Effects of Topiramate on Sodium-Dependent Action-Potential Firing by Mouse Spinal Cord Neurons in Cell Culture


Address correspondence and reprint requests to Dr. M. J. McLean at Department of Neurology, Vanderbilt University Medical Center, 2100 Pierce Avenue, 351 MCS, Nashville, TN 37212, U.S.A.


Purpose: The effects of topiramate (TPM) on sodium-dependent action potentials were studied by using cultured mouse spinal cord neurons.

Methods: The ability of TPM to limit (block) depolarization-induced spontaneous repetitive firing (SRF) was determined and compared with corresponding effects of phenytoin (PHT) and lamotrigine (LTG) in cultured mouse spinal neurons.

Results: Topiramate at concentrations of ges;3 μM caused a voltage-sensitive and time-dependent limitation of SRF that was associated with a decrease in the velocity of the upstroke of the action potential. At high concentrations (30–600 μM), TPM rapidly blocked SRF in about one third of the neurons tested and did not affect SRF in about one third. In some neurons, TPM caused an intermittent limitation (sputtering) of SRF (∼30% of the neurons) or blocked SRF only after a delay of several seconds (∼10%). This complex pattern of effects is distinctly different from that of PHT and LTG, in which the effect was always a rapid limitation or complete blockade of SRF. Another difference between TPM and the other anticonvulsants (AEDs) is that the effects of TPM were more dependent on the length of time the neurons were exposed to the compound and the intensity or duration of neuronal activity.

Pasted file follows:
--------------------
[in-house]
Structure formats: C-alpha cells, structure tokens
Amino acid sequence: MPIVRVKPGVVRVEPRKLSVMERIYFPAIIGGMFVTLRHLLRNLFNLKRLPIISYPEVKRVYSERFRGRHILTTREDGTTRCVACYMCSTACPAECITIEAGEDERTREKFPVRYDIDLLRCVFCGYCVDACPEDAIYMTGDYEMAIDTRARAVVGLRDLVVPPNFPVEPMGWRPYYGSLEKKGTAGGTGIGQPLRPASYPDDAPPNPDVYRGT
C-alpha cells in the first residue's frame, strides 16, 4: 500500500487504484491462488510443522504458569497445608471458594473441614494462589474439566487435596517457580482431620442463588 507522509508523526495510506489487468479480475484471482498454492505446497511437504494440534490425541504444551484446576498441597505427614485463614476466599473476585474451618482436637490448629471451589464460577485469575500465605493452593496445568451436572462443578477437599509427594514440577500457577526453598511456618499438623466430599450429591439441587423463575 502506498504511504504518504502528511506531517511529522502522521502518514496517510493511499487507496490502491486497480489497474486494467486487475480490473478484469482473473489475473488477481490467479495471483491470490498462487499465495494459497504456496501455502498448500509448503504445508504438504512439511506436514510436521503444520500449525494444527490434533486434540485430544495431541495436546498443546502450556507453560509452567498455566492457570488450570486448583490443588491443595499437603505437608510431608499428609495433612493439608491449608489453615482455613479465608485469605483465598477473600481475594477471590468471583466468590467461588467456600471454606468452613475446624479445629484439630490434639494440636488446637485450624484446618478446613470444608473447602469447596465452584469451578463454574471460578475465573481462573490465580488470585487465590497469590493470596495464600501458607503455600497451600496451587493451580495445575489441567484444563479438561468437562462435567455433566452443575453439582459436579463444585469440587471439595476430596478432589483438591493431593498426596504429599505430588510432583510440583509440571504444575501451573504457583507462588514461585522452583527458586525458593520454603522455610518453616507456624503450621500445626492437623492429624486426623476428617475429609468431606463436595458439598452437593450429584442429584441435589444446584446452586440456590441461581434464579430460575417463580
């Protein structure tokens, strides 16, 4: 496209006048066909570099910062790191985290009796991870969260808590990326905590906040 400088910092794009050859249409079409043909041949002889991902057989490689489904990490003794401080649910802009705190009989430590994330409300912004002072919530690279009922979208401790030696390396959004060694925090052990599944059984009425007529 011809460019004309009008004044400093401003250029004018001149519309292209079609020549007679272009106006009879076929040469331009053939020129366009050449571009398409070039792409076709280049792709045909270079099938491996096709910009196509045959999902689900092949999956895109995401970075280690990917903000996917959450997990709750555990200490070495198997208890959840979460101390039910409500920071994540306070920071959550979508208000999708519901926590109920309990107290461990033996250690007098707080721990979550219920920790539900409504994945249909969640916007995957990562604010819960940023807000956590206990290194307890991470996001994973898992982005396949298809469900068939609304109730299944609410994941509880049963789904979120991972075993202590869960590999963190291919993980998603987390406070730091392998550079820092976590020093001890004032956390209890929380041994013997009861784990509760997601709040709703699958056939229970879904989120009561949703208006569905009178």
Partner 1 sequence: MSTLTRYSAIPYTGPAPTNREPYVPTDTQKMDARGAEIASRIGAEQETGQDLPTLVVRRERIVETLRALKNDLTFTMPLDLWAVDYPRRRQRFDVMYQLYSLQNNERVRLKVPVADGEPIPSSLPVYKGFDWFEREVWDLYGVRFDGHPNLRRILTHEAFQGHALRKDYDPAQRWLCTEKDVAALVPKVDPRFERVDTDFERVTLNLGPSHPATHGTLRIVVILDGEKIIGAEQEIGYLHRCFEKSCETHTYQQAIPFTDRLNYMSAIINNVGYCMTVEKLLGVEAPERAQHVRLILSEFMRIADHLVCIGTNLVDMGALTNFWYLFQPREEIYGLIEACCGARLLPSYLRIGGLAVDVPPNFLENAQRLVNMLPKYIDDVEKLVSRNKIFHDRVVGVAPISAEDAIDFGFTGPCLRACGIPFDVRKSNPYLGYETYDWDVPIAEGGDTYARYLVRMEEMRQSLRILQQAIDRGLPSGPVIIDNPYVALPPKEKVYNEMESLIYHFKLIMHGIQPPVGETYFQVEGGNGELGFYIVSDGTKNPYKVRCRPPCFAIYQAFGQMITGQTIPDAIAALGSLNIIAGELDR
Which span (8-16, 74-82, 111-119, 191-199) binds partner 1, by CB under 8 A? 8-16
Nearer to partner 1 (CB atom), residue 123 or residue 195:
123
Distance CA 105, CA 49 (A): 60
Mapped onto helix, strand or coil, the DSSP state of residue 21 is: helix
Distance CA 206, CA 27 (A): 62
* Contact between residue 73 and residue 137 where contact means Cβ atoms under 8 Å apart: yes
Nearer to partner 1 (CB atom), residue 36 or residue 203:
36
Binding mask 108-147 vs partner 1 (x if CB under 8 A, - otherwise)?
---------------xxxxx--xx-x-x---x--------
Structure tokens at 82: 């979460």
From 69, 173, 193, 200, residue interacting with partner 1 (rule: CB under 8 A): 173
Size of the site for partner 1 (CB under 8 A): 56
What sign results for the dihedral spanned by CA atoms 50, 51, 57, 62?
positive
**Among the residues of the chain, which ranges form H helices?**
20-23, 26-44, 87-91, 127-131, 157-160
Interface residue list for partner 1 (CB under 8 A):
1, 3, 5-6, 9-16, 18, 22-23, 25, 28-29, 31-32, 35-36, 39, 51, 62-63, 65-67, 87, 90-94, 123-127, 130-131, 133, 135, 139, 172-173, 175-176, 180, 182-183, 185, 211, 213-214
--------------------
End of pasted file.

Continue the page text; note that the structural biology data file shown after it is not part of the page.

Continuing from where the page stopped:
Conclusions: The results of this study do not support the concept that Na+ channel blockade is the primary mechanism responsible for the anticonvulsant activity of TPM.